Saturday, February 14, 2015

Fighting Islamaphobia in the 1780s

I thought this was interesting:
By the time of the American Revolution, a sizeable Moroccan Muslim community—known as “Moors” in the language of the era—had developed in and around Charleston, South Carolina. Some of the community’s members were likely former slaves, but many others had chosen to immigrate from Morocco, with which the U.S. had a so-called “Treaty of Friendship.” Morocco, indeed, was the first African nation to recognize the new United States during the Revolution. Worried about being denied rights due to South Carolina’s system of slavery, a group of Muslim Americans petitioned the state’s courts requesting that they be recognized as white. A tribunal of judges led by prominent South Carolinian Charles Pinckney agreed with their petition, and the state legislature passed the Moors Sundry Act (1790), designating this Moroccan Muslim American community white for purposes of the law.

That law was as complicated as race in American history has always been. It allowed members of this community to be counted more fully for state population and federal representation purposes. It also gave these Muslim Americans the opportunity to vote, to serve on juries and to gain and enjoy the benefits of citizenship, even as Black Americans were largely denied those same rights.

The Revolutionary history gets broader and deeper still. The only passage in the body of the Constitution as drafted in 1787 that references religion at all is the paragraph in Article VI that makes clear that “no religious test shall ever be required as a qualification to any office.” This profoundly progressive phrase, written in an era when every other constitutional government around the world featured an official state religion, was drafted by none other than Charles Pinckney.

After the Constitution was drafted, Pinckney was tasked with taking it before the South Carolina legislature for that state’s ratification debate. During the debate, he was asked by one of the legislators about that exact Article VI paragraph, and more exactly about whether it would mean that “a Muslim could run for office in these United States?” Pinckney’s answer? “Yes, it does, and I hope to live to see it happen.” His words are inspiring, and a challenge to those who say they believe in inclusion today. How many white, Christian elected officials today would say “I hope to see more Muslim Americans in elected office” the way Charles Pinckney did?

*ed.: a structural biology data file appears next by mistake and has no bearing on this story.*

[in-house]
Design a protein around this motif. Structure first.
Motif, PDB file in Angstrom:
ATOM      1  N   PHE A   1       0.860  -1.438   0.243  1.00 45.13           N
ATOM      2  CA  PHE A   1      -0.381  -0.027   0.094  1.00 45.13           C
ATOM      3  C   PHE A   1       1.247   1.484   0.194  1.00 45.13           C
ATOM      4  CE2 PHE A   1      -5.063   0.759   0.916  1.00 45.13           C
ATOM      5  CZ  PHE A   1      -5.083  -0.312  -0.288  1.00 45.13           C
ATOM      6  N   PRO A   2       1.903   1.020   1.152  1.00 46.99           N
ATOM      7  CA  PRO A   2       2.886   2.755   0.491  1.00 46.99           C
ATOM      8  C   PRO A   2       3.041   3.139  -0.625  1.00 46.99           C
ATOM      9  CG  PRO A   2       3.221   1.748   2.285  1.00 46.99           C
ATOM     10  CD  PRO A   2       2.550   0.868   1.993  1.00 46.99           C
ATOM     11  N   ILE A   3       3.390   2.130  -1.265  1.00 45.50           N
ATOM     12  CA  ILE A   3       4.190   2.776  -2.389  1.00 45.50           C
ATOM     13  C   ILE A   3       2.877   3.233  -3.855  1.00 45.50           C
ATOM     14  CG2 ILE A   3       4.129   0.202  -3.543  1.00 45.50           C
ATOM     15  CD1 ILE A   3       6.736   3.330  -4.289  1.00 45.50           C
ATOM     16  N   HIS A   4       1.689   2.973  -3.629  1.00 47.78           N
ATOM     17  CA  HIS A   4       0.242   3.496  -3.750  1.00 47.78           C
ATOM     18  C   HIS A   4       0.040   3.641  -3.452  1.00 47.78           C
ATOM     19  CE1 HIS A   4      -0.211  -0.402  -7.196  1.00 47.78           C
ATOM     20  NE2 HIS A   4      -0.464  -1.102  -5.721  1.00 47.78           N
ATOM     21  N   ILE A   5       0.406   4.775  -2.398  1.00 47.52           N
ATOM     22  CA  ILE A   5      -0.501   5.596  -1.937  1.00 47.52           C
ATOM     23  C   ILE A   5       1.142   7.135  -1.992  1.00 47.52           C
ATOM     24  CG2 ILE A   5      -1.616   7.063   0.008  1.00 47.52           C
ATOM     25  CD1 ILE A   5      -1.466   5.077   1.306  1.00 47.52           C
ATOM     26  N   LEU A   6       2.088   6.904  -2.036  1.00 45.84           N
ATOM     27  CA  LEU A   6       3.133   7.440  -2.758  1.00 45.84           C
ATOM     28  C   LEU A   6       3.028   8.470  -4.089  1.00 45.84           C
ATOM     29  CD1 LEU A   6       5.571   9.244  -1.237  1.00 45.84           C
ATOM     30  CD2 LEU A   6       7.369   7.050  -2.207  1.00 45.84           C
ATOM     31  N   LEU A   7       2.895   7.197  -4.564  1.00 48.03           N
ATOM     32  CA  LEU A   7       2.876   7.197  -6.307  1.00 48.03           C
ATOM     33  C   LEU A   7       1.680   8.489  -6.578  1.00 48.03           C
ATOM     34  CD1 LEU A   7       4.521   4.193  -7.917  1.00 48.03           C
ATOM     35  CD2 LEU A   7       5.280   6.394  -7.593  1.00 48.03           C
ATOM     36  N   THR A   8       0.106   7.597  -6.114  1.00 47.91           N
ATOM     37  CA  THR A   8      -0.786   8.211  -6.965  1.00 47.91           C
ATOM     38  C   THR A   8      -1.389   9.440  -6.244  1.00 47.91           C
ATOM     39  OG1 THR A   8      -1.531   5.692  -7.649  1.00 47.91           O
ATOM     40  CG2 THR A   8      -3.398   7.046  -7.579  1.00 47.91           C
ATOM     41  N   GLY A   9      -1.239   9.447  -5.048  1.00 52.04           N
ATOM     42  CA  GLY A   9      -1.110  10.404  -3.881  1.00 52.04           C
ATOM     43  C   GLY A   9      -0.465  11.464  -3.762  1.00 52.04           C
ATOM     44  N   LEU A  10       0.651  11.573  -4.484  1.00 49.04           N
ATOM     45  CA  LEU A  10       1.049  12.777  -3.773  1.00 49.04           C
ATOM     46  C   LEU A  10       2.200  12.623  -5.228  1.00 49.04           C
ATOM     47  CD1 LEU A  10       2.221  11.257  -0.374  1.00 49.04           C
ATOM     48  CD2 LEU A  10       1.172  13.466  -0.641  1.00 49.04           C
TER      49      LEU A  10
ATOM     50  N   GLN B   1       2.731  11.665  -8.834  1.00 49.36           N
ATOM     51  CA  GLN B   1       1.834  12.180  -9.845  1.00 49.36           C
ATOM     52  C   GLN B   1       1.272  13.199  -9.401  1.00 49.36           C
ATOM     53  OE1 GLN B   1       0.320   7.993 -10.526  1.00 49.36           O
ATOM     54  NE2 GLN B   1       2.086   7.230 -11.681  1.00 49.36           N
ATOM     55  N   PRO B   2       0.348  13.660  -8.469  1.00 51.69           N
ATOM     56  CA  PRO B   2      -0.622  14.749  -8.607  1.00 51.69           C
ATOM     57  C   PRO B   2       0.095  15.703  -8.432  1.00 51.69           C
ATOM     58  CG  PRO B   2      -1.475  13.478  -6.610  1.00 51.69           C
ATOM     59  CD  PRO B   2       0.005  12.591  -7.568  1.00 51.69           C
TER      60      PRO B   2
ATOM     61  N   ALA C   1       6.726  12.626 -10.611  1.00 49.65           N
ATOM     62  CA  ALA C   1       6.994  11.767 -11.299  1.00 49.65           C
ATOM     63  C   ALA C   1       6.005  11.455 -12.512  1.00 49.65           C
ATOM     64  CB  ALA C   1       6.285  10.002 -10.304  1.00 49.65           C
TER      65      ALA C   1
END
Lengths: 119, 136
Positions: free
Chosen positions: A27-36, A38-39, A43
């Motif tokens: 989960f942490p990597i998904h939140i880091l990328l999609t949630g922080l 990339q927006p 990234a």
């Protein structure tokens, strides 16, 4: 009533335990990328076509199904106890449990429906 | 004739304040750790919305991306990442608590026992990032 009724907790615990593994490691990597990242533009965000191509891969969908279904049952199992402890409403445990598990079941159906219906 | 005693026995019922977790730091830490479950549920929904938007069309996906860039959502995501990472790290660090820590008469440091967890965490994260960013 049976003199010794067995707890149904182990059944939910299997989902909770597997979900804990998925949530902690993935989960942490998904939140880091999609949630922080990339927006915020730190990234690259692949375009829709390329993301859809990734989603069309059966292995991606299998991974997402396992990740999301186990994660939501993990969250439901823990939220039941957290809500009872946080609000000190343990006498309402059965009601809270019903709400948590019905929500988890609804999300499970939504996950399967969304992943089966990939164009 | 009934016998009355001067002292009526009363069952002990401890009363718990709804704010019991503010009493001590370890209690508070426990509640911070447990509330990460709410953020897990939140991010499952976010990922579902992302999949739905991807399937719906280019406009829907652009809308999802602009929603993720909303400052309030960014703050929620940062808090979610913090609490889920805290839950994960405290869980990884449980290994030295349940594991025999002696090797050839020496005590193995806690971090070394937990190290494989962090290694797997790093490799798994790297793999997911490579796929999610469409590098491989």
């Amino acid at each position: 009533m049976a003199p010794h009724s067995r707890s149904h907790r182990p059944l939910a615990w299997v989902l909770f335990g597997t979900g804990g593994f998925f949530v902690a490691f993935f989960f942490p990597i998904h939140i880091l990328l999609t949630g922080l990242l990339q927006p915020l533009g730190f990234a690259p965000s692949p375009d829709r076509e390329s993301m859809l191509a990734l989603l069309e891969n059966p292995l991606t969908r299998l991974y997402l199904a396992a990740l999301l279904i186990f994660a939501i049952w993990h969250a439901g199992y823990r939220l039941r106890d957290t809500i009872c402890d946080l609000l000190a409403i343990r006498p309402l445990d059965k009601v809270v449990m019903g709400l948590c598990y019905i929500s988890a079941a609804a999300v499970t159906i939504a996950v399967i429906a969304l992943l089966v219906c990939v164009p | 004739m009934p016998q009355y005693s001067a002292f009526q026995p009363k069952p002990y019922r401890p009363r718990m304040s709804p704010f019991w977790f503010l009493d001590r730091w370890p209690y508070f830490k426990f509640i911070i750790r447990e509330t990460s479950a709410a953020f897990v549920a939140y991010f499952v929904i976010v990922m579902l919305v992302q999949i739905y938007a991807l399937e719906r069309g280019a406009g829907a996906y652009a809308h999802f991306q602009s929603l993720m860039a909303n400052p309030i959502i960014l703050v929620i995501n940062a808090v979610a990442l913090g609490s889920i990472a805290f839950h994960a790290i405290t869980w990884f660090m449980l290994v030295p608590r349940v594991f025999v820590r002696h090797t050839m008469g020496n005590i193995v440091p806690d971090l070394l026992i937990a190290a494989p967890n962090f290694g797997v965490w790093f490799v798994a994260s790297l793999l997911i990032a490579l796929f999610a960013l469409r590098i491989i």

Frankly, I wonder if they could even pass that law in South Carolina today. And, of course, it's depressing how important it was to be considered officially "white" in the South back then.

But that's our history, and it shouldn't be forgotten - neither the good nor the bad.

3 comments:

Chimeradave said...

According to wikipedia it was a very small community, the law referred to 4 men and their wives.

http://en.wikipedia.org/wiki/Moors_Sundry_Act_of_1790

WCG said...

Interesting. But although the petition came from eight people, the law would inevitably be broader than that, if not much broader. It applied to all "Subjects of the Emperor of Morocco." Those eight had been captured and sold in South Carolina as slaves, but the TPM article says that "many others had chosen to immigrate from Morocco."

Hmm,... this reminds me of an article I've been meaning to post about "How White People Got Made." But I've been meaning to post something about that for months now, and it's still sitting in my Temp folder along with everything else. :)

Anyway, thanks for the link, John.

Chimeradave said...

Thanks for bringing this up in the first place. I've never heard of this ruling. I'm sure at the time it was considered a "dangerous precedent," I'm surprised it isn't more well known.